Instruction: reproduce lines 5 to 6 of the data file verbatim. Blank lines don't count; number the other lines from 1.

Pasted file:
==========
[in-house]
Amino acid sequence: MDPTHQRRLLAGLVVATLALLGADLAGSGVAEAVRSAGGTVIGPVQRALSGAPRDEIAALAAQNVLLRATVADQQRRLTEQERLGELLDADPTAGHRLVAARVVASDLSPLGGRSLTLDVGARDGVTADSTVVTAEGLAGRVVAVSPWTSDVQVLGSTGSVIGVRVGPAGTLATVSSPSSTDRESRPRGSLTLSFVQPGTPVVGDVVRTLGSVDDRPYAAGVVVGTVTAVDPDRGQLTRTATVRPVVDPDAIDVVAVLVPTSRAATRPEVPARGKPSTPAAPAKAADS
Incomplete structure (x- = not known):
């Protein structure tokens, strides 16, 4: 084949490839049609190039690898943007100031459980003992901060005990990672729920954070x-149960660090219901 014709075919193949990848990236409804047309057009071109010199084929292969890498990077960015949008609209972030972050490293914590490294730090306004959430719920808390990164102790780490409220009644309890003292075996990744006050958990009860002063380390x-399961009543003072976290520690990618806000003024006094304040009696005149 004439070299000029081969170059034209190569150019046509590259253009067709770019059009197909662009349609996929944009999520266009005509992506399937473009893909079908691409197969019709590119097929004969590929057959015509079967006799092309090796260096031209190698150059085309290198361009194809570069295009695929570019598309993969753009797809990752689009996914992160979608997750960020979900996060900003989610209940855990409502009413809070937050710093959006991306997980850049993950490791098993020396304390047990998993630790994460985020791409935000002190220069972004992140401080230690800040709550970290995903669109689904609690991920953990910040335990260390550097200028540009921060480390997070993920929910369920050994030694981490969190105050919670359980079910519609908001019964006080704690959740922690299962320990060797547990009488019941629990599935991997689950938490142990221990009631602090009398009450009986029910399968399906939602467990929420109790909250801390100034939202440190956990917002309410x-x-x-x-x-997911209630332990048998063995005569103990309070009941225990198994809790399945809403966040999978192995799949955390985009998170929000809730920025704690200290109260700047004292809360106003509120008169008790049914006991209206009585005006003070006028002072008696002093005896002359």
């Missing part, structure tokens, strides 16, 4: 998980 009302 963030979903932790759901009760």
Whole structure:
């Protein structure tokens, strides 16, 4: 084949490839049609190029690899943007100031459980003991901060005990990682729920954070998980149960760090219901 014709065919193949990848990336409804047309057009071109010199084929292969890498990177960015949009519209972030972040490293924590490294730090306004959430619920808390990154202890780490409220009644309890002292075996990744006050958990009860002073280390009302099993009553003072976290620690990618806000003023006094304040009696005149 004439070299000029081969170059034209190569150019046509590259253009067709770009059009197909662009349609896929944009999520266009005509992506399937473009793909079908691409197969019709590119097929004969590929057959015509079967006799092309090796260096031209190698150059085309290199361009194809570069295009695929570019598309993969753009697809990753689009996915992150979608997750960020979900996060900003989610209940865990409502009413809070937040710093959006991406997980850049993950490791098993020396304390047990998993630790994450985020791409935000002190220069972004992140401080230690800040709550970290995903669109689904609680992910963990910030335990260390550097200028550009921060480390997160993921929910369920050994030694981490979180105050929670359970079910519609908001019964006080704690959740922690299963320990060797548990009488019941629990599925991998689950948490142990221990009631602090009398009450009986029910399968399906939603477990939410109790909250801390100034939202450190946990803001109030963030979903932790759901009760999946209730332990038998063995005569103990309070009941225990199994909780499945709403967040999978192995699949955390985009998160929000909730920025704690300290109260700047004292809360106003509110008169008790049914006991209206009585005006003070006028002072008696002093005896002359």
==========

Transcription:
């Missing part, structure tokens, strides 16, 4: 998980 009302 963030979903932790759901009760």
Whole structure: